Nabors yields to investors on severeance pay limit, chief roles

HOUSTON – U.S. land driller Nabors Industries will split the role of chairman and CEO after current chief Anthony Petrello relinquishes his post, one in a series of moves announced Monday to yield to shareholder demands.

The driller, based in Bermuda but operated largely from Houston, would also limit severance payments to about three times an executive’s salary and bonus and allow investors who own five percent of Nabors’ shares to prompt a vote on nominees for the company’s board of directors.

The changes came almost a year after Nabors lost a non-binding shareholder vote on its 2013 compensation plan. A majority of shareholders also voted against two directors.

Shareholder pressure on corporate governance and compensation practices has escalated since the Dodd-Frank Act of 2010 gave investors more effective controls over corporate decisions, a response to the 2008 financial crisis.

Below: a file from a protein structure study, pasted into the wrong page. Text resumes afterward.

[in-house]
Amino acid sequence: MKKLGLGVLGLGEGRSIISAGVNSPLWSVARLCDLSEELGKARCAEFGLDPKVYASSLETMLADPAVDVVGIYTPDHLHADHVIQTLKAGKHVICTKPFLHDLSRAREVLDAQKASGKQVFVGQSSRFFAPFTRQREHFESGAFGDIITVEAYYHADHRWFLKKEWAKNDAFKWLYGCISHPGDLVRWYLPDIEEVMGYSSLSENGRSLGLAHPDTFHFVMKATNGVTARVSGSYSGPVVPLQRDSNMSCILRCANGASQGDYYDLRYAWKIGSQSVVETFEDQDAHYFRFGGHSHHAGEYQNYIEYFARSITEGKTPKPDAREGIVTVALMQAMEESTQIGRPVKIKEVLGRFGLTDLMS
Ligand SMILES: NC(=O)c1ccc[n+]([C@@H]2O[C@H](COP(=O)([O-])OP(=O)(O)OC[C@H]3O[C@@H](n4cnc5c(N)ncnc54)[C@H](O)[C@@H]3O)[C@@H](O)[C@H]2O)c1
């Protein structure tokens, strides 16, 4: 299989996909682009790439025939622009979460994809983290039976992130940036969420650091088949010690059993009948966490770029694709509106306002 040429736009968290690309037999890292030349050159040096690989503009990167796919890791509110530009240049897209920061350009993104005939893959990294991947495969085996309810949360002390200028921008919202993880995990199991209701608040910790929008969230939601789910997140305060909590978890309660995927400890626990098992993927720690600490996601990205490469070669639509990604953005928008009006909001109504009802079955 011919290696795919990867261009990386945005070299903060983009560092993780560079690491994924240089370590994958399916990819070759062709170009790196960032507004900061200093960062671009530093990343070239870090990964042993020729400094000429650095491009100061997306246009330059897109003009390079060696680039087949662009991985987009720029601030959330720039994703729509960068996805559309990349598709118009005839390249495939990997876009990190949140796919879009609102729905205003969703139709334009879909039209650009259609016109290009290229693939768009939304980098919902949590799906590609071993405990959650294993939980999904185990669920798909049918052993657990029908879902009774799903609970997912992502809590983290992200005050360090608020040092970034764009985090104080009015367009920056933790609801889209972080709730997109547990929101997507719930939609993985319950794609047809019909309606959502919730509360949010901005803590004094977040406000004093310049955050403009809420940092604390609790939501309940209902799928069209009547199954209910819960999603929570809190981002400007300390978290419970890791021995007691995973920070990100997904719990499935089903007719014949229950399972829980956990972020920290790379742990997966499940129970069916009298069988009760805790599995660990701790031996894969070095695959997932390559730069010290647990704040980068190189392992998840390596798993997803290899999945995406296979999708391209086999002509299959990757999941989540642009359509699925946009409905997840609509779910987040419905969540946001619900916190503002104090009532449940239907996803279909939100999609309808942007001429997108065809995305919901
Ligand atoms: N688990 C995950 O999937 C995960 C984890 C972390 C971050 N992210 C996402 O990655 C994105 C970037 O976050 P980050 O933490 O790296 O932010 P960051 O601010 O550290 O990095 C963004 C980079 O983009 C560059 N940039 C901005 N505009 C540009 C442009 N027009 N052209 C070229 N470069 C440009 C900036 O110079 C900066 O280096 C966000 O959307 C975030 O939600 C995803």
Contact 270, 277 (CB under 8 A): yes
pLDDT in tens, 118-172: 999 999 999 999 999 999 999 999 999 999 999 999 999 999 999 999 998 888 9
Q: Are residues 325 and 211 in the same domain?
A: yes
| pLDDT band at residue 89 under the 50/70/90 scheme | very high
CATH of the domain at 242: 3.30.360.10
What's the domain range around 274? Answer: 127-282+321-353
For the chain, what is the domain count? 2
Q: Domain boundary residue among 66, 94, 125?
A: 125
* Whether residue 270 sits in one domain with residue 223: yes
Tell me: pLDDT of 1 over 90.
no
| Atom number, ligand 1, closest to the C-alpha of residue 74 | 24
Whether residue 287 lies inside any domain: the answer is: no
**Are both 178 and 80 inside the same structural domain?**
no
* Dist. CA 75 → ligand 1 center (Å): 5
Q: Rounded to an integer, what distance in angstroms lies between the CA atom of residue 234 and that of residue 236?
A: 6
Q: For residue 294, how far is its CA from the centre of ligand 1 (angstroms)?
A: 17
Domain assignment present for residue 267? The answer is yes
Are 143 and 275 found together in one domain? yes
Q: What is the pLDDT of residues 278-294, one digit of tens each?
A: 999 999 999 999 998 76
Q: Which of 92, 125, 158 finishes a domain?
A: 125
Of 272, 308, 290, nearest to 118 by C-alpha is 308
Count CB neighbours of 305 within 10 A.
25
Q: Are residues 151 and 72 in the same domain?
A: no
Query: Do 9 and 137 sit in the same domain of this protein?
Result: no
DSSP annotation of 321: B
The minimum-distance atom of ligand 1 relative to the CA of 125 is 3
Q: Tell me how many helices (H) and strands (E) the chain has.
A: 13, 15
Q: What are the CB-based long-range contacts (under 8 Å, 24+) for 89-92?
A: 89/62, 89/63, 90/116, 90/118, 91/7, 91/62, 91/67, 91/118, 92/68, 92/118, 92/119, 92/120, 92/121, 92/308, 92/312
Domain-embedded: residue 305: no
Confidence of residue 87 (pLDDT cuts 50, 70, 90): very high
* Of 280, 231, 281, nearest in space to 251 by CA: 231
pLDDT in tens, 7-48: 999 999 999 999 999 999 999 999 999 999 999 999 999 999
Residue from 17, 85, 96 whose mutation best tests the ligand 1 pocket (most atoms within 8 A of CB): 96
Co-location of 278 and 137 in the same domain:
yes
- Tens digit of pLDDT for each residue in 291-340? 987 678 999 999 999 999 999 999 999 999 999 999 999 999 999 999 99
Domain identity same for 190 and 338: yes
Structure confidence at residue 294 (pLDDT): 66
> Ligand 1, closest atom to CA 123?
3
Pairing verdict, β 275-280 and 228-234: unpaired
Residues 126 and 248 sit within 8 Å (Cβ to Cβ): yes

Those controls include a rule known as “say-on-pay,” which allows non-binding shareholder votes on proposed pay packages. Several of the largest U.S. energy companies cut into long-term incentives last year as capital returns continue to underperform world markets.

Petrello said in a written statement that Nabors has made several corporate governance changes over the past three years, including declassifying its board of directors and shifting executive pay to awards that are more tied to the company’s performance.

In 2012, Petrello’s total pay was $19.7 million, an amount that included a $17.5 million bonus and $100,000 in club memberships, automobile allowances and aircraft fees, according to regulatory documents.

Nabors has not yet published its summary of executive compensation in 2013.